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From Owen O'Malley <omal...@apache.org>
Subject [VOTE] Hadoop Bylaws
Date Sat, 20 Nov 2010 06:45:04 GMT
    I've updated the proposed bylaws that I sent out a few weeks ago  
as suggested by making the vote for removal be a lazy 2/3, so now all  
of the votes are lazy. As before, by a recursive application of the  
bylaws let's let the vote last 7 days (11/26) and require a lazy  
majority of PMC members to pass.

-- Owen

Apache Hadoop Project Bylaws

This document defines the bylaws under which the Apache Hadoop project
operates. It defines the roles and responsibilities of the project,
who may vote, how voting works, how conflicts are resolved, etc.

Hadoop is a project of the <a
href="http://www.apache.org/foundation/">Apache Software
Foundation</a>.  The foundation holds the trademark on the name
"Hadoop" and copyright on Apache code
including the code in the Hadoop codebase. The <a
href="http://www.apache.org/foundation/faq.html">foundation FAQ</a>
explains the operation and background of the foundation.

Hadoop is typical of Apache projects in that it operates under a set
of principles, known collectively as the &quot;Apache Way&quot;. If
you are new to Apache development, please refer to the <a
href="http://incubator.apache.org">Incubator project</a> for more
information on how Apache projects operate.

Roles and Responsibilities

Apache projects define a set of roles with associated rights and
responsibilities. These roles govern what tasks an individual may
perform within the project. The roles are defined in the following

    * Users

         The most important participants in the project are people who
         use our software. The majority of our developers start out as
         users and guide their development efforts from the user's

        Users contribute to the Apache projects by providing feedback
         to developers in the form of bug reports and feature
         suggestions. As well, users participate in the Apache
         community by helping other users on mailing lists and user
         support forums.

    * Contributors

         All of the volunteers who are contributing time, code,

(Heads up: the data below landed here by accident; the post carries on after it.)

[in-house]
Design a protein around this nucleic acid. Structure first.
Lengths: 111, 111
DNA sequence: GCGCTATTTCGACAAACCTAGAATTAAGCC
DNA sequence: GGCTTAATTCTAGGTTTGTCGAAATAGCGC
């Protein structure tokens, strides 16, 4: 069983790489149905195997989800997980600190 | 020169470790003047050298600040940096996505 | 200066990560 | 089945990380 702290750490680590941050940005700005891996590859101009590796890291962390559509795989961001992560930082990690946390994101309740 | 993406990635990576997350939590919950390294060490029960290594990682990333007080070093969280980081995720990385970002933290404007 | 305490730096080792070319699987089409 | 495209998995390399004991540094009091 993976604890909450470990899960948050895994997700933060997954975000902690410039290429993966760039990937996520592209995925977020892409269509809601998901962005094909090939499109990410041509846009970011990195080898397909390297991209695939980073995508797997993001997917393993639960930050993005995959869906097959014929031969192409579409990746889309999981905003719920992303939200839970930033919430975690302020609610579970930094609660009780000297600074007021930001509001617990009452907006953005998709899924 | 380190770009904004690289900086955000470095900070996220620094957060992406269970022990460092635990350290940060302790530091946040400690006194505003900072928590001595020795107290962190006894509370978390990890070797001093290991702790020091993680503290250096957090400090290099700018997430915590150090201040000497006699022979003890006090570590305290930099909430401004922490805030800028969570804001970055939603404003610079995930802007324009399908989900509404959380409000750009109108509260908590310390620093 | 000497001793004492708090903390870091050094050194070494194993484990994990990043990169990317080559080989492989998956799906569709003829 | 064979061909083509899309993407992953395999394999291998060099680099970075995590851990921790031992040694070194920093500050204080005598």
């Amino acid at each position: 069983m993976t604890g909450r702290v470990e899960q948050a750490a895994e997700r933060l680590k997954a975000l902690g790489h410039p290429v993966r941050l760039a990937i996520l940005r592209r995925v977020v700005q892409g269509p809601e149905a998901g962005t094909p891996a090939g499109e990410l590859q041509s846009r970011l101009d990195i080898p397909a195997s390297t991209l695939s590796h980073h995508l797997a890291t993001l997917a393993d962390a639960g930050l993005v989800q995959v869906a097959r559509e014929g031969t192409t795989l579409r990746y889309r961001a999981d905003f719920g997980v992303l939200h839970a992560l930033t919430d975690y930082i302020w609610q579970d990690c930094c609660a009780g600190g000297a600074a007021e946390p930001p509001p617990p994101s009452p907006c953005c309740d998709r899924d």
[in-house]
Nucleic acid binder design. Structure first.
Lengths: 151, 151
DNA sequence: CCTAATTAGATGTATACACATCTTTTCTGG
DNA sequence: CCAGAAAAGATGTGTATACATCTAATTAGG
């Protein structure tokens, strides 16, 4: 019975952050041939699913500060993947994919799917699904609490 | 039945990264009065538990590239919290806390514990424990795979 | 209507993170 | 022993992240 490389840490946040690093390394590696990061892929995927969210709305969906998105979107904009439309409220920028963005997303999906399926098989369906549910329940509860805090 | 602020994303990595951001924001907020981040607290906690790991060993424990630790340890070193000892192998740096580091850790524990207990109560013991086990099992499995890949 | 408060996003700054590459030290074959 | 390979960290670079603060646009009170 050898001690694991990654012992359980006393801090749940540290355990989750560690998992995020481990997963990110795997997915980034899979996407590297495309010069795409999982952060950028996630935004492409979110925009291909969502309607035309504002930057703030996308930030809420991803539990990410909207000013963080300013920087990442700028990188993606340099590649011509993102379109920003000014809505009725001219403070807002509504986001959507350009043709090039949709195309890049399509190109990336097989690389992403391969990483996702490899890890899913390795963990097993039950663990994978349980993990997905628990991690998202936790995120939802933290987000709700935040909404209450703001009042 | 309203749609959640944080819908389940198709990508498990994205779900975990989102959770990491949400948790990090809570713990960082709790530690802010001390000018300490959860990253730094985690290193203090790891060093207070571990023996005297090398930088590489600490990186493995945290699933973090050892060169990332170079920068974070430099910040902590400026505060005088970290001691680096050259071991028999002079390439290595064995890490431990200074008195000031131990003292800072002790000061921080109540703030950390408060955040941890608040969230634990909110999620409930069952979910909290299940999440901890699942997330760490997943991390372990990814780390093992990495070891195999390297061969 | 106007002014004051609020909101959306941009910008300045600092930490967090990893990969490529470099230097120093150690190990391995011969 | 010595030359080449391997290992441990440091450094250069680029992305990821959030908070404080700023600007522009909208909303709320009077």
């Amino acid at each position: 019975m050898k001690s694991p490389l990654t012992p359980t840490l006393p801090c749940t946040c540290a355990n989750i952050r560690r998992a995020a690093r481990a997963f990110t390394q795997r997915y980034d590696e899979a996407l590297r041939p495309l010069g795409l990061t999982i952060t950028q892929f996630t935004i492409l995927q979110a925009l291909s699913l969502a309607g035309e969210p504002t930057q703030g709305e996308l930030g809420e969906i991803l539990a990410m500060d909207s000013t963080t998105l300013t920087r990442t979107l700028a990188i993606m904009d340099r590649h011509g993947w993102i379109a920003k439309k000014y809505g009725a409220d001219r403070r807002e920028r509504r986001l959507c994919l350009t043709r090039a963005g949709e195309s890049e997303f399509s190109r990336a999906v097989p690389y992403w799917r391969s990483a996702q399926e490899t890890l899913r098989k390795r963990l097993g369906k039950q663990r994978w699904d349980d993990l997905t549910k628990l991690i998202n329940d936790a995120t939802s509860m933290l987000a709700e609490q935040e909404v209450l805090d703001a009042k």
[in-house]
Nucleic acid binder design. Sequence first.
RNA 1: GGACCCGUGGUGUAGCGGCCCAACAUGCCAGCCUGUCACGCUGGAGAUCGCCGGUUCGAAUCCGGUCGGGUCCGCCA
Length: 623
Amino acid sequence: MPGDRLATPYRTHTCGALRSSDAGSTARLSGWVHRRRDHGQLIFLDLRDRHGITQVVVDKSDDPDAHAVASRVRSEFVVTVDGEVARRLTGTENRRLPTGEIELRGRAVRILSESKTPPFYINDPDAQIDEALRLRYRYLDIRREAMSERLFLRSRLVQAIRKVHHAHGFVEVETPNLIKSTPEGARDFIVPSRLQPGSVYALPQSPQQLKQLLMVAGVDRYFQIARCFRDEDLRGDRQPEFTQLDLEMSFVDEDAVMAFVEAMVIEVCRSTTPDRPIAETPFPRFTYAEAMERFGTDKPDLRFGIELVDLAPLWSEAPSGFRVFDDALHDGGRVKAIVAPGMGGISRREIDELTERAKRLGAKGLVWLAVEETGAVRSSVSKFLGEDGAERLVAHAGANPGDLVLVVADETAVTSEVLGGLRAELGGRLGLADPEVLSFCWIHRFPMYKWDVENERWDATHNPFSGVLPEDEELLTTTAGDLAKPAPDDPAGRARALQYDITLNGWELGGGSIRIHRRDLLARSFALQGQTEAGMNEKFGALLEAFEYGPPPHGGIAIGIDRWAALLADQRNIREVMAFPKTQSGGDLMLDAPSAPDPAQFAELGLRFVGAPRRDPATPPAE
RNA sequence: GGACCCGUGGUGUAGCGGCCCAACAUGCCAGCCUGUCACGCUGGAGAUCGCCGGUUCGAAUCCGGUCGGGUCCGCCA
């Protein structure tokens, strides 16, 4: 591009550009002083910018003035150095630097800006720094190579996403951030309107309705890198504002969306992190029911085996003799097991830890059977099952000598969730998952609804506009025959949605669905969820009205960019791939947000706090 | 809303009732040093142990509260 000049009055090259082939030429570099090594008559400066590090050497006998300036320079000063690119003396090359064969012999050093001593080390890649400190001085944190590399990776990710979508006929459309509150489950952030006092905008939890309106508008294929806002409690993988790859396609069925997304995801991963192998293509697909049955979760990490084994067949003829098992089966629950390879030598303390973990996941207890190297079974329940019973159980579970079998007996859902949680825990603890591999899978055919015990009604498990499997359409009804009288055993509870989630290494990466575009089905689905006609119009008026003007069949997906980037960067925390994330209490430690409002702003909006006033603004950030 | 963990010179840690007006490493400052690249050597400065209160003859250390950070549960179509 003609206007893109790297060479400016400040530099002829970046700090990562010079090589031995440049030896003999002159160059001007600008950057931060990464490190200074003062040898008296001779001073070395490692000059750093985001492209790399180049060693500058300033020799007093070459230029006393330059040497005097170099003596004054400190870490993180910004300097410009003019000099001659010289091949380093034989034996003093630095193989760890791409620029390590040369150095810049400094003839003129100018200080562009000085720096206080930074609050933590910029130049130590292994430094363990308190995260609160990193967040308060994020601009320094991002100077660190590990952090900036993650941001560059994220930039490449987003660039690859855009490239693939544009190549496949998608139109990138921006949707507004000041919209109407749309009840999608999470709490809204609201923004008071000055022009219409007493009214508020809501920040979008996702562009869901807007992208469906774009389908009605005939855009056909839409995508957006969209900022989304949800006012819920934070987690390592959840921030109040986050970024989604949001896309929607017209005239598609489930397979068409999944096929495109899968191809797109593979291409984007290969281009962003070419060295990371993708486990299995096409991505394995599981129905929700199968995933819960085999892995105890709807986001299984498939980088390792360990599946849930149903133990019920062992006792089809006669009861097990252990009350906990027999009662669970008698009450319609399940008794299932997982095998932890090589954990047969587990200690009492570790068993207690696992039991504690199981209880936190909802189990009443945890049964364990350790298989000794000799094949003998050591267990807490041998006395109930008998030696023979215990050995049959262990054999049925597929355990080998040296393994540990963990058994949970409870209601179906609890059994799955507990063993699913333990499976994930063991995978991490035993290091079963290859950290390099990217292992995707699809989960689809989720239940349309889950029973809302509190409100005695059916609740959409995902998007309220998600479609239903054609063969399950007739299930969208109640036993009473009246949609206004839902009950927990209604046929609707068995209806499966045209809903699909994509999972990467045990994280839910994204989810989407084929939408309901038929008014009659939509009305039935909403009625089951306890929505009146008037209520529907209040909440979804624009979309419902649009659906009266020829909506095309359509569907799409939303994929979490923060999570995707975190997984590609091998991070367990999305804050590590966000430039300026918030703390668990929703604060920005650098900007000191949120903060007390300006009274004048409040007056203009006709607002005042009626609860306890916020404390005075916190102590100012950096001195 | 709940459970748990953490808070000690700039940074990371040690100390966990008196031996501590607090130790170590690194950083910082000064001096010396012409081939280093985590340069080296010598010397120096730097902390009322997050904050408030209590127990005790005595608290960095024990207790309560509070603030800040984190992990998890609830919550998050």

documentation, or resources to the Hadoop Project. A  
         that makes sustained, welcome contributions to the project may
         be invited to become a Committer, though the exact timing of
         such invitations depends on many factors.

     * Committers

        The project's Committers are responsible for the project's
         technical management. Committers have access to a specified
         set of subprojects' subversion repositories. Committers on
         subprojects may cast binding votes on any technical discussion
         regarding that subproject.

        Committer access is by invitation only and must be approved by
         lazy consensus of the active PMC members. A Committer is
         considered emeritus by their own declaration or by not
         contributing in any form to the project for over six
         months. An emeritus committer may request reinstatement of
         commit access from the PMC. Such reinstatement is subject to
         lazy consensus of active PMC members.

       All Apache committers are required to have a signed Contributor
         License Agreement (CLA) on file with the Apache Software
         Foundation. There is a <a
         FAQ</a> which provides more details on the requirements for

        A committer who makes a sustained contribution to the project
         may be invited to become a member of the PMC. The form of
         contribution is not limited to code. It can also include code
         review, helping out users on the mailing lists, documentation,
         testing, etc.

    * Project Management Committee

        The Project Management Committee (PMC) for Apache Hadoop was
         created by the Apache Board in January 2008 when Hadoop moved
         out of Lucene and became a top level project at Apache. The
         PMC is responsible to the board and the ASF for the management
         and oversight of the Apache Hadoop codebase. The
         responsibilities of the PMC include

        * Deciding what is distributed as products of the Apache Hadoop
         project.  In particular all releases must be approved by the

         * Maintaining the project's shared resources, including the  
             repository, mailing lists, websites.

         * Speaking on behalf of the project.

        * Resolving license disputes regarding products of the project

         * Nominating new PMC members and committers

         * Maintaining these bylaws and other guidelines of the project

        Membership of the PMC is by invitation only and must be
         approved by a lazy consensus of active PMC members. A PMC
         member is considered &quot;emeritus&quot; by their own
         declaration or by not contributing in any form to the project
         for over six months. An emeritus member may request
         reinstatement to the PMC. Such reinstatement is subject to
         lazy consensus of the active PMC members.

        The chair of the PMC is appointed by the ASF board. The chair
         is an office holder of the Apache Software Foundation (Vice
         President, Apache Hadoop) and has primary responsibility to
         the board for the management of the projects within the scope
         of the Hadoop PMC. The chair reports to the board quarterly on
         developments within the Hadoop project.

	When the current chair of the PMC resigns, the PMC votes to
	recommend a new chair using lazy consensus, but the decision
	must be ratified by the Apache board.

Decision Making

       Within the Hadoop project, different types of decisions require
       different forms of approval. For example, the <a href="#Roles
       and Responsibilities">previous section</a> describes several
       decisions which require &quot;lazy consensus&quot;